The number of workers who share data between a computer in the office and one at home grows with the popularity of home computers. Vendors have introduced different types of storage to meet the challenge of transferring more than a couple of megabytes of data between non-networked machines. Most of these solutions have garnered lukewarm acceptance because of cost and performance problems and the necessity for special hardware to read and write to the chosen storage media. A much better solution exists in the form of flash memory devices that use the USB interface. Connected Home has gathered some of the most popular USB flash storage devices to test their usability, performance, and special features. Most USB flash storage vendors offer devices in a range of capacities. We asked vendors to submit devices with the largest capacity and the most features. See Web Table 1 (http://www.winnetmag.com, InstantDoc ID 27420) for a comparison of product features and prices.
All the devices I tested have a similar form factor—about 3.5" long and 1" wide—with the exception of SanDisk's Cruzer, which is wider to accommodate replaceable media. Most of the devices are available in various capacities, and each model sports a unique color scheme identifying its capacity. All the devices feature some type of USB connector protection in the form of a cap or retractable connector mechanism.
Numerous operational abilities and requirements are common across the products. All require special drivers for Windows 98 and operate in Windows XP, Windows 2000, and Mac OS without requiring a vendor-supplied driver. All the devices feature an activity-indicator LED that lets you know whether the device is busy or whether you can safely remove the device from the system. Before you can remove a device in Win98, you must wait a few seconds for the device to go into standby mode, signaled by a slowly flashing LED. To remove a device in XP, you must use the Safely Remove Hardware utility, and in Win2K and Windows Me, you must use the Unplug or Eject Hardware icon utility in the system tray before physically disconnecting the device. In Mac OS X, you must eject the device before removing it.
Sony's Micro Vault USB Storage Media. The Micro Vault is available in 16MB, 32MB, 64MB, and 128MB models. I received the 128MB USM128 model in its retail blister pack. I followed the documentation's instructions about using the media for the first time. I placed the mini CD-ROM containing my Win98 device drivers into the CD-ROM drive on a Win98 system, inserted the USM128 into the USB port, and let the New Hardware Wizard search the CD-ROM for the driver. The driver installed easily, and the USM128 appeared in My Computer as a removable disk. I removed the USM128 from the Win98 computer and plugged it into a laptop running XP Home Edition and a Win2K Professional desktop system. Both systems recognized the device but inexplicably reported it as a Sony DiskOnKey device, and an OS-supplied driver was automatically installed to support the device.
M-Systems' DiskOnKey. The DiskOnKey is available in 8MB, 16MB, 32MB, 64MB, 128MB, 256MB, and 512MB capacities. The 512MB model I tested arrived in its retail packaging. KeySafe, M-Systems' security implementation, is preloaded on the DiskOnKey; but if you're using a Win98 system, you must download any necessary drivers to install the product before you can access the preloaded files. I downloaded the Win98 driver software, Windows NT driver software, and the latest version of the KeySafe security software from M-Systems' Web site. I ran the Win98 driver installation program on the Win98 system, then inserted the DiskOnKey, which the system automatically detected; the device then began loading the appropriate drivers. The XP, Win2K, and Mac OS X systems all detected and used the DiskOnKey with ease. DiskOnKey also supports NT, which I was skeptical about until I tested this capacity. I installed the NT driver on a system with NT Workstation 4.0 installed, specified which drive letter the storage should use, and performed a necessary reboot. The Removable Disk volume is present whether or not the DiskOnKey device is installed, and the volume behaves like a CD-ROM drive, prompting you to retry or cancel when media isn't inserted. Overall, the DiskOnKey operated well in all of the OSs, including NT.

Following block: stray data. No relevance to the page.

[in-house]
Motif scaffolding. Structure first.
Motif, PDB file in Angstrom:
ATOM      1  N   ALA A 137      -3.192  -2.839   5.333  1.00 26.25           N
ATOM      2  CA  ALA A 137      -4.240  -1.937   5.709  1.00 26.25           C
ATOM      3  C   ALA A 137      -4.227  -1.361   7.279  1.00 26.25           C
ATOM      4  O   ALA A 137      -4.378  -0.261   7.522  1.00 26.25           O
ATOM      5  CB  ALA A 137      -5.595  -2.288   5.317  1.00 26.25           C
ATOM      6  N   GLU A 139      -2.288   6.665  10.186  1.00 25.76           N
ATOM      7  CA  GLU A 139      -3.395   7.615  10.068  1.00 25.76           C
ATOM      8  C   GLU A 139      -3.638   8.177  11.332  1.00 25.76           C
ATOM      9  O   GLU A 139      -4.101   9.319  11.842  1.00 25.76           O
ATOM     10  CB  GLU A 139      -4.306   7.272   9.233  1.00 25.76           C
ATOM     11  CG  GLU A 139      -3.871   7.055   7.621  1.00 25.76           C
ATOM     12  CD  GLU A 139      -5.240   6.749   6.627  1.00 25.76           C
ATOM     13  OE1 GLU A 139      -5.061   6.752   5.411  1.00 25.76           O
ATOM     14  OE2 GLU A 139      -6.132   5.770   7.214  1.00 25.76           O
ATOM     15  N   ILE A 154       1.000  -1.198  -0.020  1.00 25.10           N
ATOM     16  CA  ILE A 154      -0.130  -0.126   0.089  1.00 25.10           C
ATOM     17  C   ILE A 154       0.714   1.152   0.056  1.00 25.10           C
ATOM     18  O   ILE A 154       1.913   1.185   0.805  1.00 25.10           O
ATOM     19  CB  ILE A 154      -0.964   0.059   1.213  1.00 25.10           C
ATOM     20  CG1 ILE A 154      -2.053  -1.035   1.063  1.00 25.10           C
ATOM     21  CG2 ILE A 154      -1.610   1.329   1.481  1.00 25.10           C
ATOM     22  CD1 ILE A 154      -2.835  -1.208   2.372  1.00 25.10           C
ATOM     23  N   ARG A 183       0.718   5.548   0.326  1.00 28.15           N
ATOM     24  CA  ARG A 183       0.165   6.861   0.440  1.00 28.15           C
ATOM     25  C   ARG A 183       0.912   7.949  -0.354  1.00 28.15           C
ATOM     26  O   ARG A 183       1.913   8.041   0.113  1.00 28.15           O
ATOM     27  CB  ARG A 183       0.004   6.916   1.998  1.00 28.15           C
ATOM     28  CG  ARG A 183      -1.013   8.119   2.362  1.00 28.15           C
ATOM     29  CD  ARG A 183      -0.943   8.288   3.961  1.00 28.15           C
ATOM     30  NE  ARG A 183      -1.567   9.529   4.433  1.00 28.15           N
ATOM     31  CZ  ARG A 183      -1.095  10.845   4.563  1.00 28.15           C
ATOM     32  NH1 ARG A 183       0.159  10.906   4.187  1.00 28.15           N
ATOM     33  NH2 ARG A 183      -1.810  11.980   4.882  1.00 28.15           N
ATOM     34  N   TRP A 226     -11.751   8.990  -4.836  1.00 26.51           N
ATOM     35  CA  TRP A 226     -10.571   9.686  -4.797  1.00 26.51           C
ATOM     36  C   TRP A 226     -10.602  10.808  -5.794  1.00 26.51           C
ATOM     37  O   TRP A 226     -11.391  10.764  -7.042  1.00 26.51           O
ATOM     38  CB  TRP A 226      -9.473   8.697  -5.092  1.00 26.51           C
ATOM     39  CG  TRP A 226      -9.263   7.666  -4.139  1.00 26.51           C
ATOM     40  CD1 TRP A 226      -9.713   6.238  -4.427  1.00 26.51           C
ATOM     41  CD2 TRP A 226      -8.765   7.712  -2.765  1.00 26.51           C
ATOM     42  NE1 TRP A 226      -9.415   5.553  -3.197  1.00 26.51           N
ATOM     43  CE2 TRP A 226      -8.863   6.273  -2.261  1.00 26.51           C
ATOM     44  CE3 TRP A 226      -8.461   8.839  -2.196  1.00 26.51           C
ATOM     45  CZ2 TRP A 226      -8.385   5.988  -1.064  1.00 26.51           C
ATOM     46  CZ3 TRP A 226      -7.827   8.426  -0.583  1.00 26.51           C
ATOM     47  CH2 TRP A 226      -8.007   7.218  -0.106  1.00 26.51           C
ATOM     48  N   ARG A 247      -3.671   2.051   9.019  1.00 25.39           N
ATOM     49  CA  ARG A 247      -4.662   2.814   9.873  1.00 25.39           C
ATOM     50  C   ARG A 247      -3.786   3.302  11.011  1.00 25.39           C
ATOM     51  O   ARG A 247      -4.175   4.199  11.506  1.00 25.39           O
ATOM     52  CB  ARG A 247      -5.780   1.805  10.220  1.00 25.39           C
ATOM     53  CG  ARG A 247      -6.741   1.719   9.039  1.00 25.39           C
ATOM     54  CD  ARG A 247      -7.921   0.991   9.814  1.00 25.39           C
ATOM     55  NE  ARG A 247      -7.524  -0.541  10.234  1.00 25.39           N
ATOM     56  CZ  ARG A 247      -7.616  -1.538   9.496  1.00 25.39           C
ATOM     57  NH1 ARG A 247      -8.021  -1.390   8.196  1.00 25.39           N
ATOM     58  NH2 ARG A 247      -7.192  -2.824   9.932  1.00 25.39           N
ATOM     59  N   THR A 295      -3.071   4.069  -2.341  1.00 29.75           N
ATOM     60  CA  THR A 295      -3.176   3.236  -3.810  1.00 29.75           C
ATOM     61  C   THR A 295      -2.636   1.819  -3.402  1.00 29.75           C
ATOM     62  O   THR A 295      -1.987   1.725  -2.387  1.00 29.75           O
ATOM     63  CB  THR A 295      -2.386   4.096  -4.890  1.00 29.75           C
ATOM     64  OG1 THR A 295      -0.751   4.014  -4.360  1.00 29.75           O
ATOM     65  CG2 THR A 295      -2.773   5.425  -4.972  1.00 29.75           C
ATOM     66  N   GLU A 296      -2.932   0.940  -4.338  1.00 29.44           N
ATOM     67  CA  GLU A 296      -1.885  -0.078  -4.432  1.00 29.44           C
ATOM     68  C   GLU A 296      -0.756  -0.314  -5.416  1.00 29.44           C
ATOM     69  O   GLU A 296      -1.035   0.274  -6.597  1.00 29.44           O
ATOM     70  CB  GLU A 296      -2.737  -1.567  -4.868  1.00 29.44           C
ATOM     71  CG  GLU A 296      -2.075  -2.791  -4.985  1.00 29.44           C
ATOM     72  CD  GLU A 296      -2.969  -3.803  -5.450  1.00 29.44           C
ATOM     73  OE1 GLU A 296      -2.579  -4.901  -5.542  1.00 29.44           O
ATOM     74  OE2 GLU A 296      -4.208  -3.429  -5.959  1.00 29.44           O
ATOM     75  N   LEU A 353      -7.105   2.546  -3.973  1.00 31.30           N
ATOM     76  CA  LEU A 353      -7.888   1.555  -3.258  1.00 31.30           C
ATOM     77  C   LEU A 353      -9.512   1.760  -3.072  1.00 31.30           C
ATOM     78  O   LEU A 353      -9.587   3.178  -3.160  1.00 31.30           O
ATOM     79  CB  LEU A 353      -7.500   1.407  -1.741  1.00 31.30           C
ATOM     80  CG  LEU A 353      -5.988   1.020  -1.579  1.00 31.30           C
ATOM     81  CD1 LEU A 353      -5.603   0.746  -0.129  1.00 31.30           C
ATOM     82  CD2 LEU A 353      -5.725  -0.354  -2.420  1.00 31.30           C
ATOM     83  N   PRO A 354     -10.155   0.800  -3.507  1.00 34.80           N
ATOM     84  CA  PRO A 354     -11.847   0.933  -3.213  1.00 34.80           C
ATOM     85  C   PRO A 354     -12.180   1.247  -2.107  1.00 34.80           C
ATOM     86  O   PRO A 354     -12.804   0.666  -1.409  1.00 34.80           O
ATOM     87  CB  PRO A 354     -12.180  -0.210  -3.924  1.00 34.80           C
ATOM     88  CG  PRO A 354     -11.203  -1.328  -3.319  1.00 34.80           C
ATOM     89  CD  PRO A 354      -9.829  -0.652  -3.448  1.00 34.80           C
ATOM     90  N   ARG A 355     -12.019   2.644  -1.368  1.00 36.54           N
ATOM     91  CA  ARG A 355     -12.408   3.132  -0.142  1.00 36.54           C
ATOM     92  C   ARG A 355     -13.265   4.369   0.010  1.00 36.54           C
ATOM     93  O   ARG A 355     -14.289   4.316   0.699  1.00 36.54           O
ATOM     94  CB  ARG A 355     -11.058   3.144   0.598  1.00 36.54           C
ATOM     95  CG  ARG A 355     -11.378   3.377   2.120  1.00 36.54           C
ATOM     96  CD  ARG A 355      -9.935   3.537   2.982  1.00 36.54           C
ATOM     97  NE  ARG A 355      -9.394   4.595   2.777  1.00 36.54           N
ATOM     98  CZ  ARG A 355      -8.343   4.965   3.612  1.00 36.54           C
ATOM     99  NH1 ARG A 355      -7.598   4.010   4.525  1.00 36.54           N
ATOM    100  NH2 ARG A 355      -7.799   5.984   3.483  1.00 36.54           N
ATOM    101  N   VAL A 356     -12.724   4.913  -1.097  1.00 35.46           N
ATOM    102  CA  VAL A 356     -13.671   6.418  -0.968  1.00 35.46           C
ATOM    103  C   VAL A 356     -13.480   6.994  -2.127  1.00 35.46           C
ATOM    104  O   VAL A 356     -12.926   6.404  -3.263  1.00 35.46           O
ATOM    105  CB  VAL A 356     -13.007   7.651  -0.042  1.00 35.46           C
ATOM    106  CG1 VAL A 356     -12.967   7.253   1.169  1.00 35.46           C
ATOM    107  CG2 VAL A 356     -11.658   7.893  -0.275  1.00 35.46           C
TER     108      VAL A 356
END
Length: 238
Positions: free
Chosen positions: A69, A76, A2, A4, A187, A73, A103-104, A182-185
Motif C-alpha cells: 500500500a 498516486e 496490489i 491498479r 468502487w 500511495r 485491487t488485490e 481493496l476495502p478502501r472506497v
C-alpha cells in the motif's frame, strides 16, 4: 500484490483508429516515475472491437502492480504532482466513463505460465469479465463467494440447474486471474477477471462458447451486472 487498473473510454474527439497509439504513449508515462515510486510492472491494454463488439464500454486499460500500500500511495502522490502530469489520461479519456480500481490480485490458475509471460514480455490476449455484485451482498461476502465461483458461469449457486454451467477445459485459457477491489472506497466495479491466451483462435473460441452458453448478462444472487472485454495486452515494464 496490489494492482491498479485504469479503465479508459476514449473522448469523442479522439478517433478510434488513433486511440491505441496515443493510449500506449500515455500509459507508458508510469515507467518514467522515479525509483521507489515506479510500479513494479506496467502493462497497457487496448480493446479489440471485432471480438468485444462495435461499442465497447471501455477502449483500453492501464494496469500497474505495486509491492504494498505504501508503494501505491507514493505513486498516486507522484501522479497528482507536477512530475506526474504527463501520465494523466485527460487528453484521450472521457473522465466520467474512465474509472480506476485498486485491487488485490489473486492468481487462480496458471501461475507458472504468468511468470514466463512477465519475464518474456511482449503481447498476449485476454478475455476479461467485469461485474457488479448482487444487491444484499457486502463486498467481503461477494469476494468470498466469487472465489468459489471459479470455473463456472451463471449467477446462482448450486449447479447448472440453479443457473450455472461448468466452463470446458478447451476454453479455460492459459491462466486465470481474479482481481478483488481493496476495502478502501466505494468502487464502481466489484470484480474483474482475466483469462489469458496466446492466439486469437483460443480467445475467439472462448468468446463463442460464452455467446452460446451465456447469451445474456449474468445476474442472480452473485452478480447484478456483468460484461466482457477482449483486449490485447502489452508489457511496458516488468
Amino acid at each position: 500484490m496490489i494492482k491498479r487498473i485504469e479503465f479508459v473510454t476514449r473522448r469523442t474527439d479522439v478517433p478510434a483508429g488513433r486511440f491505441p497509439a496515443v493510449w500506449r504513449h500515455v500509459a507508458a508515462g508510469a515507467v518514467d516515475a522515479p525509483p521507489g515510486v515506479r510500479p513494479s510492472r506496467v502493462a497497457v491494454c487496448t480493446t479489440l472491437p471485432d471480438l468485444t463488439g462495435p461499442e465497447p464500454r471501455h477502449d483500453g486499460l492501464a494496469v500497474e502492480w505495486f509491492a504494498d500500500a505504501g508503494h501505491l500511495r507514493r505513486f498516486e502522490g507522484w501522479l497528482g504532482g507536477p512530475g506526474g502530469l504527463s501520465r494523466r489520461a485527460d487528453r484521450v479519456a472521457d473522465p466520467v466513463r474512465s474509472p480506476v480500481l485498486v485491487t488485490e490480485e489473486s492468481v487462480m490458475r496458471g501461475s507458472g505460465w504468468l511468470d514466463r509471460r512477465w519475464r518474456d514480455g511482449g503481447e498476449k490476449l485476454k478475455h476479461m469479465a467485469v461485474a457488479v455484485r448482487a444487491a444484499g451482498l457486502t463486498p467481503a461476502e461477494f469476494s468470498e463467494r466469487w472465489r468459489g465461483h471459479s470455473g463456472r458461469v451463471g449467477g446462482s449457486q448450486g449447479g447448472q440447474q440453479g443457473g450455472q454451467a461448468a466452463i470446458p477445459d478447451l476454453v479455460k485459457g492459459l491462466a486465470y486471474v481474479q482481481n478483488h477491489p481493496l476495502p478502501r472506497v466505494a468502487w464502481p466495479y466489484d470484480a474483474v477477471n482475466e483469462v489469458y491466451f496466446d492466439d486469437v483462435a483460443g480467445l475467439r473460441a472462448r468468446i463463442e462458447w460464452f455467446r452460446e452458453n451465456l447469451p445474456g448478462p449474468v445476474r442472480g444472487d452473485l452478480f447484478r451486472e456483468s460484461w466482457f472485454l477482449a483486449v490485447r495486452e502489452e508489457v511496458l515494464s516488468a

Targus's Go-Anywhere USB Drive. The Go-Anywhere uses the same hardware that the DiskOnKey device uses, so the functionality was the same as that of the DiskOnKey I tested. The Go-Anywhere device is offered only in 32MB, 64MB, and 128MB capacities. The 128MB Go-Anywhere PA128 model that I tested came with a Targus-branded version of the DiskOnKey User's Guide and a CD-ROM containing Win98 drivers. I used the latest drivers and KeySafe software to test this product, which performed much like the DiskOnKey. To satisfy my curiosity, I tested M-Systems' NT driver with the Go-Anywhere. The driver worked, although switching back and forth between the Targus and M-Systems devices didn't proceed smoothly. Whether this problem is due to volume size or a difference between the Targus and M-Systems hardware is unclear.
Global Channel Solutions' EasyDisk. The EasyDisk removable USB electronic hard disk is available in 16MB, 32MB, 64MB, 128MB, 256MB, and 512MB capacities. All models support an identical feature set except the 512MB model, which doesn't include password or bootable functionality. I tested the 16MB ED1016 model. I installed the Win98 driver by double-clicking setup.exe on the installation CD-ROM, then installed the EasyDisk device in the Win98 system; the system detected and provided a drive letter for the device within seconds. I experienced a sporadic error that required system reboots. EasyDisk's documentation states that the device is compatible with Win98 Second Edition (Win98SE) but doesn't mention support for the first edition. My subsequent testing of the device on Win98SE was trouble-free. My XP and Win2K test systems recognized and supported the EasyDisk device quickly without prompting for driver installation.
Transcend's JetFlash USB Flash Drive. The JetFlash is available in 16MB, 32MB, 64MB, 128MB, 256MB, 512MB, and 1GB capacities. I received the 1GB model in its retail box. The online product documentation in Adobe Acrobat Reader format was the most thorough of any of the products. The JetFlash has a somewhat elliptical shape that can interfere with cables in close proximity to the USB ports on your system. A USB extension cable is included with the product to solve this problem. After I installed the Win98 driver from the CD-ROM, the device functioned flawlessly on XP, Win2K, Win98, and Mac OS.